Safe approach to nanotechnology – BSI British Standards publishes new guidance for UK industry

Press release - 29 January 2008

Don’t know your nanorod from your nanoribbon? Want to find out what nanomaterials are in the products you buy? Could the safe handling of nanomaterials be improved? Nine new nanotechnology publications lead the way.

BSI British Standards today announces the publication of nine documents for nanotechnology terminology and guidance for UK industry which will support worker, public and environmental safety and underpin commercialization and procurement.

The worldwide market for nanotechnology-enabled products is expected to exceed $1 trillion a year by 2015, and nanotechnologies are already used in medicine, ‘green technology’, and in over 500 consumer products as varied as laptops, sunscreen, tennis rackets and socks. To support this rapidly expanding enabling technology and to enable its safe application, BSI British Standards has drawn together industry expertise to create common definitions for nano-related products and guidance on labelling, safe handling and materials specification.

PAS 130 is a voluntary guide to the labelling of products containing manufactured nanoparticles. This will help to ensure that all users are aware of the nanoparticle content of products they are purchasing, selecting or handling, reducing confusion among the public faced with a new technology. PD 6699-1 offers good practice guidance on ‘specifying nanomaterials’ which ensures that a product behaves in an expected and reproducible way. PD 6699-2 offers practical advice for those working in this field on the safe everyday handling and disposal of nanomaterials.

Six terminologies (PAS 131-136) complete this suite of documents and will be fundamental in promoting common understanding and consistent usage of the various terms associated with nanotechnologies. For example, PAS 131:2007, Terminology for medical, health and personal care applications of nanotechnology, includes definitions of:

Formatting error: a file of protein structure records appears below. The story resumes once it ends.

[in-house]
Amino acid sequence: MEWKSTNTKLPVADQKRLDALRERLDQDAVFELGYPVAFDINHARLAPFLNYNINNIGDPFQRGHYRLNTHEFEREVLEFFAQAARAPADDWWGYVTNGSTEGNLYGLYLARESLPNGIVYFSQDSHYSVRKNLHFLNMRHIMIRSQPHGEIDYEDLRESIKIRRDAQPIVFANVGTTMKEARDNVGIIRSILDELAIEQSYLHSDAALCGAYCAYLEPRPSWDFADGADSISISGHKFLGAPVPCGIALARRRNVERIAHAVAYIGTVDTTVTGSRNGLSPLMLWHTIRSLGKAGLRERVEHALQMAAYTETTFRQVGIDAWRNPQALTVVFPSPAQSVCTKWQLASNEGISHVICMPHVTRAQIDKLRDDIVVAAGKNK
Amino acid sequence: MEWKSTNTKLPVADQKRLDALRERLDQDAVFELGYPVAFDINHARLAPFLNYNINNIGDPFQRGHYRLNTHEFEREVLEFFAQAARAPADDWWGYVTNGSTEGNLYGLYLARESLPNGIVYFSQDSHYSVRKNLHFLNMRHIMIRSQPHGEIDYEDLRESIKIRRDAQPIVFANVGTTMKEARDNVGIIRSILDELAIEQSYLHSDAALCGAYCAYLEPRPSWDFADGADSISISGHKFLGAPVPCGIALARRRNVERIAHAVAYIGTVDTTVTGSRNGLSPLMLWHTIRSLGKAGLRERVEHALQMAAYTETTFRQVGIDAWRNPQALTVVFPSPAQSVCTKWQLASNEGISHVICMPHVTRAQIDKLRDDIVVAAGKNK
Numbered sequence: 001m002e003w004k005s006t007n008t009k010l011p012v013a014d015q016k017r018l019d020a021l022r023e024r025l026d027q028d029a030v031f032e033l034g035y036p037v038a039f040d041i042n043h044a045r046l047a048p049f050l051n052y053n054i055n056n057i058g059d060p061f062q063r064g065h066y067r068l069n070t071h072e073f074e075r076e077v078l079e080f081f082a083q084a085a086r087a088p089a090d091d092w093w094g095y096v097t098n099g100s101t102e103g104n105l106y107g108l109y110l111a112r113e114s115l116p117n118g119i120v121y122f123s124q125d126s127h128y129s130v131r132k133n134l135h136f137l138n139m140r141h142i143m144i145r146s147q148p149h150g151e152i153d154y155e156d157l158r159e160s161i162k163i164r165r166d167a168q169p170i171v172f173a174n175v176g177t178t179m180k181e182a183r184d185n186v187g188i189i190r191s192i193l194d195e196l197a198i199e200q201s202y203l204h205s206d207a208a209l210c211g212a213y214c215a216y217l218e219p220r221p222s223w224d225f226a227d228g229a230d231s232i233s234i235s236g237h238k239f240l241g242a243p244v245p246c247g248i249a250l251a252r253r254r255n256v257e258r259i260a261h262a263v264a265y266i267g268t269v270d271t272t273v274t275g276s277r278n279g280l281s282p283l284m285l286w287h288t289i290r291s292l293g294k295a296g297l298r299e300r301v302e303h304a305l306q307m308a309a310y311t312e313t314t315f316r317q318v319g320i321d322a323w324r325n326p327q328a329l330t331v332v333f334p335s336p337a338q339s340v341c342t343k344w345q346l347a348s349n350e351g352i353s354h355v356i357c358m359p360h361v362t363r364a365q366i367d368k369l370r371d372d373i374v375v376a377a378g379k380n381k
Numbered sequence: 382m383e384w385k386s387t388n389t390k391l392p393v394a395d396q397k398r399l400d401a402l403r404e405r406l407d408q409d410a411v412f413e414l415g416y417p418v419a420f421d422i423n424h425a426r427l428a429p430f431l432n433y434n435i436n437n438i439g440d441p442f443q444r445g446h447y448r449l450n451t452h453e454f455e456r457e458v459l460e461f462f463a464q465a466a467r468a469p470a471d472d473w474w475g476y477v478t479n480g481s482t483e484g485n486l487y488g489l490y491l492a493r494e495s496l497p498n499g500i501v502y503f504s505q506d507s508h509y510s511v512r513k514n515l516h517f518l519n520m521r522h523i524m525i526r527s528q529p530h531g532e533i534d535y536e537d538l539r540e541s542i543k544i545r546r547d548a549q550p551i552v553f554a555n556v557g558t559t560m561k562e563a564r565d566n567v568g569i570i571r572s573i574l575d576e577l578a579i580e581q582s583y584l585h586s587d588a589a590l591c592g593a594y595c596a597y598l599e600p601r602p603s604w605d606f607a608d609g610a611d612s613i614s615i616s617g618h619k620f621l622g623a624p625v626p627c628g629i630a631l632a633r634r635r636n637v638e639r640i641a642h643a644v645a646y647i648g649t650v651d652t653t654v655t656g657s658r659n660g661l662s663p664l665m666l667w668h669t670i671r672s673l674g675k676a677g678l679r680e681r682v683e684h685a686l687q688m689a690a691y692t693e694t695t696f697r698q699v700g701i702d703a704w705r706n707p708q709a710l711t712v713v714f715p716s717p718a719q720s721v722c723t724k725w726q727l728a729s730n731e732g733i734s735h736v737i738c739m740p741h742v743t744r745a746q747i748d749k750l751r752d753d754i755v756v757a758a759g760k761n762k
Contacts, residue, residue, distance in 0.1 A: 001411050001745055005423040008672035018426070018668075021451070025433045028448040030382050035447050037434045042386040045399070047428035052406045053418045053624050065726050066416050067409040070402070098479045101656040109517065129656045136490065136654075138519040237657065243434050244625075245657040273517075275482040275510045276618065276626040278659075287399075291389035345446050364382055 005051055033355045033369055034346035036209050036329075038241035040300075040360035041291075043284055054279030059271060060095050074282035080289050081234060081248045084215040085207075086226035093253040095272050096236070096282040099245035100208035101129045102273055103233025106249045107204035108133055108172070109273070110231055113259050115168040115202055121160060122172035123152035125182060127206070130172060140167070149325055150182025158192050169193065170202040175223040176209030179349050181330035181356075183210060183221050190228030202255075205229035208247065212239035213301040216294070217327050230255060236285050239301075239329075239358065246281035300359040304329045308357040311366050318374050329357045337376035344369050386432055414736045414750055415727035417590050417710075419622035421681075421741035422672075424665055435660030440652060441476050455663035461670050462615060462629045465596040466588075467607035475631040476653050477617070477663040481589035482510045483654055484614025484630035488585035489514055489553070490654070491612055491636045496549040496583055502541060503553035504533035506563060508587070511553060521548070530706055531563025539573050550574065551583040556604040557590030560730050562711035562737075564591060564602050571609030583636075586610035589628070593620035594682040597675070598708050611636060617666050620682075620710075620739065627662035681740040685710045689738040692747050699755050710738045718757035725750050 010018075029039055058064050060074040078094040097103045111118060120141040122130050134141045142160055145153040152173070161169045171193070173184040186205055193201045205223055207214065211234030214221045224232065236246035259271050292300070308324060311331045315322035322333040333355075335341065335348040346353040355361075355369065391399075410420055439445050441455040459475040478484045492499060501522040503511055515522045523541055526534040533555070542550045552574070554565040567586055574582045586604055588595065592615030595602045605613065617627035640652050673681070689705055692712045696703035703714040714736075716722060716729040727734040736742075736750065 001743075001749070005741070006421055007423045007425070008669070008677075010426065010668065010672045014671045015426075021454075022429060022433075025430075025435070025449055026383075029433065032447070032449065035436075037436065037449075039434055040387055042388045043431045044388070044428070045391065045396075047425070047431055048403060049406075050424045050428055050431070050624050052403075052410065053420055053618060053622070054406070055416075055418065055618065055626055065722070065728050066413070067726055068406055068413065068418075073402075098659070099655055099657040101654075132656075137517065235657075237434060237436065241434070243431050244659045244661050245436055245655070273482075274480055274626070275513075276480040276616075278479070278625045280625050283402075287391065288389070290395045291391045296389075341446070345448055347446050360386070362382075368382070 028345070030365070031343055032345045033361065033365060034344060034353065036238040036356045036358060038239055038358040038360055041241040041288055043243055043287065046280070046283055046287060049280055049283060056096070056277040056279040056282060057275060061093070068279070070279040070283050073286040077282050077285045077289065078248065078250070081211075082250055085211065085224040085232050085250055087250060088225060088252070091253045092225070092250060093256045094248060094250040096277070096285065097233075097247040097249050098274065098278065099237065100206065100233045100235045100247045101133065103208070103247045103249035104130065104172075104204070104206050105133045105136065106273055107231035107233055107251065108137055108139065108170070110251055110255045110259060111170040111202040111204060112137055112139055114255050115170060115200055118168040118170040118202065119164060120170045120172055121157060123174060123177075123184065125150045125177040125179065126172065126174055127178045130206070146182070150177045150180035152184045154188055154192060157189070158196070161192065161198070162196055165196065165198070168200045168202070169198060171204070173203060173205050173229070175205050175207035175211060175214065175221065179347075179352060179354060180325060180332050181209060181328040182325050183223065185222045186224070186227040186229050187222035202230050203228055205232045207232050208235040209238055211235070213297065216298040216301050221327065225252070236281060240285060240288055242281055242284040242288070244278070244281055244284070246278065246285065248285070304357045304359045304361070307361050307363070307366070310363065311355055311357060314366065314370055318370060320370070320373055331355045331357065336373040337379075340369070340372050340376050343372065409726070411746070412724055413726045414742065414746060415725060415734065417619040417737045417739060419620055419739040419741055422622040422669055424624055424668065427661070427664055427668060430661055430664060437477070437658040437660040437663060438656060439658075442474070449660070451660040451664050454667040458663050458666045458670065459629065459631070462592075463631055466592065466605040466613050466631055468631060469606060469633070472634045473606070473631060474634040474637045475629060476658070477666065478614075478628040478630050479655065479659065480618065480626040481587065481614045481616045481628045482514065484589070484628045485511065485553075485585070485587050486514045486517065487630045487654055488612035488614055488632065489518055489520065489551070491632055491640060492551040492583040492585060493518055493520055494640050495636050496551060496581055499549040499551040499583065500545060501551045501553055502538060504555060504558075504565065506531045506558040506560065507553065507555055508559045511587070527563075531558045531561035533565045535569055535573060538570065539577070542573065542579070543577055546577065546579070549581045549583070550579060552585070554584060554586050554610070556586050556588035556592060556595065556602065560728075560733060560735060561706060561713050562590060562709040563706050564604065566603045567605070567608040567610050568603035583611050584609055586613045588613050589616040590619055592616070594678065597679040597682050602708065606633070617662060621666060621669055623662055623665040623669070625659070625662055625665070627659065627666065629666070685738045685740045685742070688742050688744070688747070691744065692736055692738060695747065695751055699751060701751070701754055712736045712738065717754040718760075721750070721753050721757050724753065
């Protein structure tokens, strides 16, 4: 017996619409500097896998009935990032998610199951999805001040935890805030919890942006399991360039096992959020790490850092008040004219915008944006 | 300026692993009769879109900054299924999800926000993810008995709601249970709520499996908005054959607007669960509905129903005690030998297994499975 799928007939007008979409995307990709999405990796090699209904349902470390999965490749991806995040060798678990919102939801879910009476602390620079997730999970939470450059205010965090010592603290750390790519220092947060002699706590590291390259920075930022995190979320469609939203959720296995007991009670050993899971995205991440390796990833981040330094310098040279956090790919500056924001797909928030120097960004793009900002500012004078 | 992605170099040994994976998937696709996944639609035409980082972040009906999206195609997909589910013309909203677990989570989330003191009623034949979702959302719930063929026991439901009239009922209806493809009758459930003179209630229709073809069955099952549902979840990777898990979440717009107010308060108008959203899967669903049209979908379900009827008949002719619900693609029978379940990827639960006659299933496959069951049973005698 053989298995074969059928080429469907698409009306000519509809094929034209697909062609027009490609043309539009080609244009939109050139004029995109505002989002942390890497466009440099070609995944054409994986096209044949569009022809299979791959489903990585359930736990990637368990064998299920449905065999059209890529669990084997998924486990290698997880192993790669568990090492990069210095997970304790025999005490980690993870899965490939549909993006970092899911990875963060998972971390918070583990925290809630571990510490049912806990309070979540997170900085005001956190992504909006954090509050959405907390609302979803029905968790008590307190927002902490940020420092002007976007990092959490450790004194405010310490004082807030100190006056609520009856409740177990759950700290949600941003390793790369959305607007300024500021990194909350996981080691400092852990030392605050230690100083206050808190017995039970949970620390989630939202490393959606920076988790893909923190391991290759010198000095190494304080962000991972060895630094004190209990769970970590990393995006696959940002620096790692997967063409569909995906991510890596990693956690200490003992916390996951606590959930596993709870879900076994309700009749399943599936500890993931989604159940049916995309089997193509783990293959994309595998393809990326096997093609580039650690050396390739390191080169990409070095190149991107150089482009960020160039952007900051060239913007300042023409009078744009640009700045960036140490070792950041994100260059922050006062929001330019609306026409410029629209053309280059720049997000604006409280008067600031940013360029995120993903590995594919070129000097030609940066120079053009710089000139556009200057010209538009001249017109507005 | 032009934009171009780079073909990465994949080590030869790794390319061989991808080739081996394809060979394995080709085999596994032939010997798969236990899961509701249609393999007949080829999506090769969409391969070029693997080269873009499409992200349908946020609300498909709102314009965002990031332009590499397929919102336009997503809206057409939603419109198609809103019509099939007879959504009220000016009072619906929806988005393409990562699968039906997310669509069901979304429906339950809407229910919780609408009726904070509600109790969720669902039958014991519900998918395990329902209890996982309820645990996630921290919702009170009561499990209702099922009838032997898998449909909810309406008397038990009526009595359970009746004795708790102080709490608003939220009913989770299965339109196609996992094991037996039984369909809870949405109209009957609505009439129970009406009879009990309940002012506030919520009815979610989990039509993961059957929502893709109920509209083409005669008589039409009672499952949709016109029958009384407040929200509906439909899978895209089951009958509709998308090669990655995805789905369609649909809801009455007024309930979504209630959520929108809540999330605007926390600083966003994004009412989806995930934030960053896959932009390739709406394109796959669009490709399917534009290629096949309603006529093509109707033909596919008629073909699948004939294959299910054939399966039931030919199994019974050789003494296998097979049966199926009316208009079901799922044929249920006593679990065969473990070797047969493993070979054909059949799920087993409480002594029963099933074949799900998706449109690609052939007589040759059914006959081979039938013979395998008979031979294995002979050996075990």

nanorod : nanobject with two similar external dimensions in the nanoscale and the third dimension significantly larger than the other two external dimensions

nanoribbon : nanorod flattened in one of its shorter dimensions.

Mike Low, Director of BSI British Standards, said, “Standardization has a key part to play in all innovative technologies and nanotechnology is no exception. The industry’s knowledge of nanomaterials is still at a relatively early stage and it is therefore crucial that it has best practice guidance available to it. BSI has brought together the best available expertise to create these nine nanotechnology documents.

“This project is part of BSI’s overall initiative to support the innovation agenda of UK government and these new documents were developed in partnership with the Department for Innovation, Universities and Skills.”

Peter Hatto, Chair of the UK national committee on nanotechnologies, said, “These nine new documents continue the UK’s innovative work to develop standards for this important new field, which started with the publication of PAS 71 – Vocabulary for nanoparticles. The publications mark the beginning of an exciting work programme for 2008 and beyond.”

The nine nanotechnology documents recently published are as follows:
PAS 131, Terminology for medical, health and personal care applications of nanotechnologies;
PAS 132, Terminology for the bio-nano interface;
PAS 133, Terminology for nanoscale measurement and instrumentation;
PAS 134, Terminology for carbon nanostructures;
PAS 135, Terminology for nanofabrication;
PAS 136, Terminology for nanomaterials.

PD 6699-1, Nanotechnologies – Part 1: Good practice guide for specifying manufactured nanomaterials
PD 6699-2, Nanotechnologies – Part 2: Guide to safe handling and disposal of manufactured nanomaterials
PAS 130, Guidance on the labelling of manufactured nanoparticles and products containing manufactured nanoparticles

All nine publications are available to download from the Nanotechnologies microsite

Further Information:
The UK holds both the chair and secretariat of the International Organization for Standardization (ISO) committee, ISO/TC 229 "Nanotechnologies", and the European Committee for Standardization (CEN) committee, CEN/TC 352 "Nanotechnologies".